A simple and reliable method for the screening of transgenic tobacco plants

Método simples e confiável para avaliação de plantas de fumo transgênicas

Abstracts

Even though much improvement has been made in plant transformation methods, the screening of transgenic plants is often a laborious work. Most approaches for detecting the transgene in transformed plants are still timeconsuming, and can be quite expensive. The objective of this study was to search for a simpler method to screen for transgenic plants. The infiltration of kanamycin (100 mg/mL) into tobacco leaves resulted in conspicuous chlorotic spots on the non-transgenic plant leaves, while no spots were seen on the leaves of transformed plants. This reaction occurred regardless of age of the tested plants, and the method has proven to be simple, fast, non-destructive, relatively cheap, and reliable. These results were comparable to those obtained by the polymerase chain reaction (PCR) amplification of the transgene using specific primers.

kanamycin; genetically modified organisms; transgenic plants; testing


Apesar do grande desenvolvimento observado na área de transformação de plantas, a avaliação de plantas transgênicas ainda é difícil de ser realizada. Os métodos mais comuns de detecção do transgene em plantas transformadas ainda são demorados e de alto custo. O objetivo deste estudo foi testar um método simples de avaliação de plantas de fumo transgênicas. Para isso, 100 mg/mL de canamicina foi infiltrada em folhas de fumo, resultando no aparecimento de manchas cloróticas nas folhas de plantas não-transgênicas e nenhuma mancha nas folhas de plantas transformadas. Essa reação ocorreu independentemente da idade das plantas testadas e evidenciou a simplicidade, rapidez, confiabilidade e baixo custo do método. Os resultados foram comparáveis aos obtidos por amplificações do transgene, utilizando-se primers específicos, por meio da reação da polimerase em cadeia (PCR).

canamicina; organismo geneticamente modificado; planta transgênica; teste


SCIENTIFIC NOTES

A simple and reliable method for the screening of transgenic tobacco plants1 1 Extracted from Ph.D. dissertation presented by the first author to the University of Florida (UF), Florida, USA. Supported by the Florida Agricultural Experiment Station and the USDA-Tropical/Subtropical Agriculture Research Program

Método simples e confiável para avaliação de plantas de fumo transgênicas

Juliana Freitas-AstuaI; Gustavo Astua-MongeII; Jane Elisabeth PolstonIII; Ernest HiebertIV

IEmbrapa-Centro Nacional de Pesquisa de Milho e Sorgo, Caixa Postal 151, CEP 35701-970 Sete Lagoas, MG. Email: jfastua@cnpms.embrapa.br

IIInstituto Agronômico, Centro Avançado de Pesquisa Tecnológica do Agronegócio de Citros Sylvio Moreira, Caixa Postal 4, CEP 13490-970 Cordeiropólis, SP. E-mail: gamo@centrodecitricultura.br IIIUF, Gulf Coast Research & Education Center, 5007 60th St. East, Bradenton, FL, 34203, USA. Email: jep@mail.ifas.ufl.edu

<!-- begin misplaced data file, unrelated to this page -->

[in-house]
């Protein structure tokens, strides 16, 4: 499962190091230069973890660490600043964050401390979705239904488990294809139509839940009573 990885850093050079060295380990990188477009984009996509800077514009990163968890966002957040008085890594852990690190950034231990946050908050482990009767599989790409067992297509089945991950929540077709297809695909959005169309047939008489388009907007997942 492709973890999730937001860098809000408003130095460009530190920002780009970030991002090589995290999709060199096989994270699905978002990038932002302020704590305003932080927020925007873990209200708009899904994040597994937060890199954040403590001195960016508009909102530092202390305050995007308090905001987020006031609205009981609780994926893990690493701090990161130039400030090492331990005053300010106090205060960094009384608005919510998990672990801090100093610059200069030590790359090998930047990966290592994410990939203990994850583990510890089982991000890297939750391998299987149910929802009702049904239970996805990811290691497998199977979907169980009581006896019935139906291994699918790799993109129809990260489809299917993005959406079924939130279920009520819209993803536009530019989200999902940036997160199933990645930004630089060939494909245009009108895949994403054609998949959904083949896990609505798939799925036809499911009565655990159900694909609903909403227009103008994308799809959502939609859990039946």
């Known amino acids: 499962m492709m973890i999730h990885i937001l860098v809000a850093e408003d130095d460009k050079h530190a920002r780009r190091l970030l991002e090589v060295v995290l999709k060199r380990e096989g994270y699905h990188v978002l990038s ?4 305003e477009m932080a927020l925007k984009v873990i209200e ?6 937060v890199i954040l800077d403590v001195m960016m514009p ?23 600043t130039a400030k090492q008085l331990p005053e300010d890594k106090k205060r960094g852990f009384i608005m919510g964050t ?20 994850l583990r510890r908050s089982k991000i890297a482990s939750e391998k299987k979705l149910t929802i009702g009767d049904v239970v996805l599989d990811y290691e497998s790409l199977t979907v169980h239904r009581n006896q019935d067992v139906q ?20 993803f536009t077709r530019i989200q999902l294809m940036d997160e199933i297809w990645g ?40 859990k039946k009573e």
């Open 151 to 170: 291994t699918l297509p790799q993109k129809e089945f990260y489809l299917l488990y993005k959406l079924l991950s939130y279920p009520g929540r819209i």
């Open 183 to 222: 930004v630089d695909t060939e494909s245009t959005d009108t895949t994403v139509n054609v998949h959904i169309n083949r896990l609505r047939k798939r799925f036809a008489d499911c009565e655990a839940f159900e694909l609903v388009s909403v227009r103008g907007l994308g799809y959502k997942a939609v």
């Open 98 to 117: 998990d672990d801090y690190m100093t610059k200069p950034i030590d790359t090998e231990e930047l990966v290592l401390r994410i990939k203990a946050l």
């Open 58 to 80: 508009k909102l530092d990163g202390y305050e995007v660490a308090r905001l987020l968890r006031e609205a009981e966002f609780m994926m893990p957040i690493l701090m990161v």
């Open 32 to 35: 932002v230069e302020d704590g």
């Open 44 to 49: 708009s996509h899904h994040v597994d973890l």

IVUF, Plant Pathology Dept, 1453 Fifield Hall, Gainesville, FL, 32611, USA. Email: ehi@mail.ifas.ufl.edu

ABSTRACT

Even though much improvement has been made in plant transformation methods, the screening of transgenic plants is often a laborious work. Most approaches for detecting the transgene in transformed plants are still timeconsuming, and can be quite expensive. The objective of this study was to search for a simpler method to screen for transgenic plants. The infiltration of kanamycin (100 mg/mL) into tobacco leaves resulted in conspicuous chlorotic spots on the non-transgenic plant leaves, while no spots were seen on the leaves of transformed plants. This reaction occurred regardless of age of the tested plants, and the method has proven to be simple, fast, non-destructive, relatively cheap, and reliable. These results were comparable to those obtained by the polymerase chain reaction (PCR) amplification of the transgene using specific primers.

Index terms: kanamycin, genetically modified organisms, transgenic plants, testing.

Resumo

Apesar do grande desenvolvimento observado na área de transformação de plantas, a avaliação de plantas transgênicas ainda é difícil de ser realizada. Os métodos mais comuns de detecção do transgene em plantas transformadas ainda são demorados e de alto custo. O objetivo deste estudo foi testar um método simples de avaliação de plantas de fumo transgênicas. Para isso, 100 mg/mL de canamicina foi infiltrada em folhas de fumo, resultando no aparecimento de manchas cloróticas nas folhas de plantas não-transgênicas e nenhuma mancha nas folhas de plantas transformadas. Essa reação ocorreu independentemente da idade das plantas testadas e evidenciou a simplicidade, rapidez, confiabilidade e baixo custo do método. Os resultados foram comparáveis aos obtidos por amplificações do transgene, utilizando-se primers específicos, por meio da reação da polimerase em cadeia (PCR).

Termos para indexação: canamicina, organismo geneticamente modificado, planta transgênica, teste.

Plant transformation has become a very important and common tool in biological studies. A difficult aspect of this technology, however, is that it often requires screening of a large number of lines to identify the desired transformants. The neomycin phosphotransferase II (nptII) gene product confers resistance to kanamycin and some related aminoglycosides and has been one of the most widely used selectable markers for screening transformed cells and plants since the early 1980's (Bevans et al., 1983; Herrera-Estrella et al., 1983). However, according to Xiang et al. (1999), its use has not evolved along with the improvements in transformation technology, since most approaches for detecting the nptII gene or its product in transgenic plants are still laborious and time-consuming, especially for the screening of large populations of transformants (Weide et al., 1989). In addition, some of these tests can be quite expensive and, in many instances, sensitive transformants can be lost for further analysis (Weide et al., 1989).